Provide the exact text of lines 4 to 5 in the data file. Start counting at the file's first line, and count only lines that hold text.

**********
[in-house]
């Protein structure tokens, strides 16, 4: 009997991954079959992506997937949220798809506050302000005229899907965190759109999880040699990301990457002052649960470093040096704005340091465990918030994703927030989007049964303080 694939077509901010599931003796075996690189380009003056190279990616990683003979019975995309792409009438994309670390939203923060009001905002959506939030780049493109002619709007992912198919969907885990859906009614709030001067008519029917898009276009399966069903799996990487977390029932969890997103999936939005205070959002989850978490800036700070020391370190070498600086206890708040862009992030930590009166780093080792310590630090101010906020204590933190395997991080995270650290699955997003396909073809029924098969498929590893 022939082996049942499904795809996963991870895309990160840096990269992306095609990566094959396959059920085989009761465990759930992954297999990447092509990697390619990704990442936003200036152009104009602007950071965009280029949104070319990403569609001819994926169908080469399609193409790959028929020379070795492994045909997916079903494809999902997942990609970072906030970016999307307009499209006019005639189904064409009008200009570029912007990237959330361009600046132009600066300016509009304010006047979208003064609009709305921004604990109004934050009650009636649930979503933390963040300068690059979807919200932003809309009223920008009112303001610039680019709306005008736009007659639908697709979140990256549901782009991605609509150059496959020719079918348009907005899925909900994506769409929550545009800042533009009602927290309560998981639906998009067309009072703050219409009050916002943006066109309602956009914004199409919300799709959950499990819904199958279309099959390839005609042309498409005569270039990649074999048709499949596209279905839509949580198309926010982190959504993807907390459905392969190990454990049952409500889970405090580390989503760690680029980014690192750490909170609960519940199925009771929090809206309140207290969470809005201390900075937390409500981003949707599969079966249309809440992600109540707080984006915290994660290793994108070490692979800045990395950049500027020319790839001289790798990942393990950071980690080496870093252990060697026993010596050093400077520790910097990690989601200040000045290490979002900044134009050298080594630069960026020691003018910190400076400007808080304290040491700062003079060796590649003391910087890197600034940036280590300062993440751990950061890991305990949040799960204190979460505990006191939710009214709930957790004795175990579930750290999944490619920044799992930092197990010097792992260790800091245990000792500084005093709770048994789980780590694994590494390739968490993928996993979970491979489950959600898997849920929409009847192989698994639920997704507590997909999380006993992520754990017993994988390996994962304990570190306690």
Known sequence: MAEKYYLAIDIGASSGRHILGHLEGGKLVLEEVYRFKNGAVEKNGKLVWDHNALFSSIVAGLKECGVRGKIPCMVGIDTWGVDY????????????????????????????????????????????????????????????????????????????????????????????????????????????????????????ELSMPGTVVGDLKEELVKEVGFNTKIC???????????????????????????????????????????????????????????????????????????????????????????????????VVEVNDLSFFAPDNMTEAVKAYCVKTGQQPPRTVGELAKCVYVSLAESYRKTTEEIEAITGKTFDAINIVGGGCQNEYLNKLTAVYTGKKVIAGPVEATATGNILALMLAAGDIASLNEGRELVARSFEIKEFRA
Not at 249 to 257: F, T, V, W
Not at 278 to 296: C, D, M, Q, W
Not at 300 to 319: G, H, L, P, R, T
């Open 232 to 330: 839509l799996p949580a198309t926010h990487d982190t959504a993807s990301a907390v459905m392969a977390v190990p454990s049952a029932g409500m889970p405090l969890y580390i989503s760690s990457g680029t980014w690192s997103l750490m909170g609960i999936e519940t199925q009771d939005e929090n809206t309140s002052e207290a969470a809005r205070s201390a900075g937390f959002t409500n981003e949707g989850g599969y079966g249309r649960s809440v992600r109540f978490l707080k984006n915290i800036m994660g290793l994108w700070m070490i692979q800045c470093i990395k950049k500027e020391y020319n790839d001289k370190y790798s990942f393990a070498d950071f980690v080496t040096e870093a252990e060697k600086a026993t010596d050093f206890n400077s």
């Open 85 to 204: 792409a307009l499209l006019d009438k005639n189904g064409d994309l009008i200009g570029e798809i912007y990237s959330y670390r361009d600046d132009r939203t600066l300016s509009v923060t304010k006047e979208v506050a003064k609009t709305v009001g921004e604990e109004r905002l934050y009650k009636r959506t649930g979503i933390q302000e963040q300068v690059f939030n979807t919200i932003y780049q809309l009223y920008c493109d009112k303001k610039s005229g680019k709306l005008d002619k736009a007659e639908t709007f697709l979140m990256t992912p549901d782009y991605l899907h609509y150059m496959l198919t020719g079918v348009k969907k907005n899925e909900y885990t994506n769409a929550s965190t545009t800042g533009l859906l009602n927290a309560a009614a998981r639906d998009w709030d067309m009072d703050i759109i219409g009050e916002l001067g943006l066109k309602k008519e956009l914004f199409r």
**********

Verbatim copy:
Not at 249 to 257: F, T, V, W
Not at 278 to 296: C, D, M, Q, W